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Claims Management, the low down

 

Trauma, TPD, Critical Illness… what does it all mean and how does it help me if I’m sick or injured?

 

 

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Ok, so you’ve heard all these phrases and you know they might be important to you one day. But what if today is that day? Or tomorrow?

 

Let’s clarify what each of these mean and what they could offer you. Then we’ll tell you how we can help.

 

 

 

 

 

Trauma, Critical Illness, Crisis Cover, Recovery Insurance or Specified Illness cover

Called different things but they basically mean the same thing. A lump sum payment in the event that you get one of the specified illnesses. The lump sum is designed to help you cover medical costs, rehabilitation costs as well as general cost of living for you and your family. This provides you with some financial relief so you can focus on your recovery and get back to work.

 

Each insurance provider has their own list of illness they’ll cover, but most generally cover:

·         Cancer

·         Stroke

·         Heart conditions

·         Major head injury

 

There are around 50 different medical conditions covered by the major insurers.

 

Total and Permanent Disablement (TPD)

TPD covers just that, a complete and permanent injury or illness that has disrupted your life and means you cannot return to work. The lump sum payment, similar to Trauma insurance, is there to help you pay medical and rehabilitation costs, cover your debts, make required renovations to your home and provide ongoing financial cover for you and your family.

 

Once again, each insurer will have their own definitions and there are two options when you take your policy out. You can opt for either ‘own occupation’ or ‘any occupation’. Own occupation means that you cannot return to the role you were trained for, for example a surgeon may not be able to return to work if they lose their vision or use of their hands. Any occupation means that you’re unable to return to work in any capacity that your suited to in terms of education, training and experience, for example the surgeon mentioned above may be able to work as a GP, Consultant or in medical education.

 

Income Protection

Generally, Income Protection will pay you 75% of your salary if you’re unable to work due to illness or injury. The purpose of this insurance is to help you maintain your standard of living and not have to worry where money is coming from to pay for bills, food etc.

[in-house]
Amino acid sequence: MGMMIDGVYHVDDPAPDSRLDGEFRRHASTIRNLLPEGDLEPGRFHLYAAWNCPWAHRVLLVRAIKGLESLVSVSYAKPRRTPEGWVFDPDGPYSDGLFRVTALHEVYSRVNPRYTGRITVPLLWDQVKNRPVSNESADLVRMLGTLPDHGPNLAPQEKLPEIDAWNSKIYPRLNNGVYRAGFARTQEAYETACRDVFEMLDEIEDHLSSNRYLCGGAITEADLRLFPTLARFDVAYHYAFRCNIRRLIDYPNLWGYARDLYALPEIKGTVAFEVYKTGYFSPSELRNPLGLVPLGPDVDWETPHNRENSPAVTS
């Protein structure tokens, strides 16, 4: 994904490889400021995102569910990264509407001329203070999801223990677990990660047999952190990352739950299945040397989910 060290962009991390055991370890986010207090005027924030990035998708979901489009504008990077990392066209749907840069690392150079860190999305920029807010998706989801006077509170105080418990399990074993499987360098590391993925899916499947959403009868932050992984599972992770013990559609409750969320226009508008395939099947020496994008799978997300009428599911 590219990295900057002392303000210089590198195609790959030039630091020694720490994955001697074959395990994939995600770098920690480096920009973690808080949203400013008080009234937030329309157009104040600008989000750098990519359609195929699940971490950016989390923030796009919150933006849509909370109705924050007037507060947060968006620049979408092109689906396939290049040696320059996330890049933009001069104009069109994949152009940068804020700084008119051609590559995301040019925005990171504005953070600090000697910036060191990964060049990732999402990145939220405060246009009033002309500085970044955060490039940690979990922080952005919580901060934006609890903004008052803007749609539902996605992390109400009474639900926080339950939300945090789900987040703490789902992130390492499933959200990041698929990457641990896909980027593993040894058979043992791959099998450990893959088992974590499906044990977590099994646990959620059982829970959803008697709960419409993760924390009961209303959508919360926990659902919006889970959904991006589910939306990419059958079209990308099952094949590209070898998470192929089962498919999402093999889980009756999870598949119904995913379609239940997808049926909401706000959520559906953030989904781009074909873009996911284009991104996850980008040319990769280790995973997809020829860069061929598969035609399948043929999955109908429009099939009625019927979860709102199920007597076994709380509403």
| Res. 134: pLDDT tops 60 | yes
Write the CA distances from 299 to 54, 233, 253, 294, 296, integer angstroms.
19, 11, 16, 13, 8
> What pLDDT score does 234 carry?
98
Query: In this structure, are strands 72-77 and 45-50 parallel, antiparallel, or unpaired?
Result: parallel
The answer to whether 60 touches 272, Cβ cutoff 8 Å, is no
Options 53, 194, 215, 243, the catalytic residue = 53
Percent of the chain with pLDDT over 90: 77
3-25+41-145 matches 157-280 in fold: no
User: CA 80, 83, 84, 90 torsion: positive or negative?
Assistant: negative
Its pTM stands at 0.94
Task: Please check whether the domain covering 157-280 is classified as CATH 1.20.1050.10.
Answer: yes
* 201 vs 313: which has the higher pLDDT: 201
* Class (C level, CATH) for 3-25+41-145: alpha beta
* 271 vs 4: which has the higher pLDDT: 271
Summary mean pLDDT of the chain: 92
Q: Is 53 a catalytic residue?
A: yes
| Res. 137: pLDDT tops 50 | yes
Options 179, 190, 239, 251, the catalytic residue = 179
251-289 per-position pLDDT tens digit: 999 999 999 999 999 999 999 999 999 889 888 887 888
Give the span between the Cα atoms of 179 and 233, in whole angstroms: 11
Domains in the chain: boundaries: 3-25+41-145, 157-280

Some believe it can be paid if you have been made redundant or lost your job, but this is not the case.

 

The fine print

Because there is always some. There may be waiting periods before you can claim on your Income Protection, some will pay for a limited time and others may pay up until age 65.

 

If you have pre-existing conditions or certain conditions that run in your family, your insurer may either add an exclusion or loading. An exclusion means they will cover you, but if you have say, a heart condition or family of history of cancer, they won’t cover you for those events. If they add a loading, this means they’ll cover you for these conditions, but you will pay a higher price as the insurer is taking a risk on covering you.

 

What if I have these insurances and think I may be able to claim?

Then you have come to the right place. We have a dedicated Claims Management business that work on a no win, no fee basis.

 

If you have been ill or injured and want to claim on your personal insurance then please, give us a call. We will meet with you (at our cost) and go through the details of your illness or injury to see if you will be able to claim. There’ll be some research on our end to look at the definitions of your policy and we’ll let you know if we think you should put in a claim.

 

We’ll then work with you to complete and submit the paperwork, we’ll liaise with the insurer using the relationships we’ve built to get the best possible outcome for you. Have a look at our Claims Management page for more information on how this process works.

 

 

It is very important that you understand that the information above is general in nature and does not take into account your personal situation. You should consider whether the information is appropriate to your needs, and where appropriate, seek professional advice from a financial adviser. It is also worth noting that the Australian financial and taxation system is ever changing, and the information above may no longer be relevant. Again, we suggest seeking professional advice from a financial adviser before proceeding.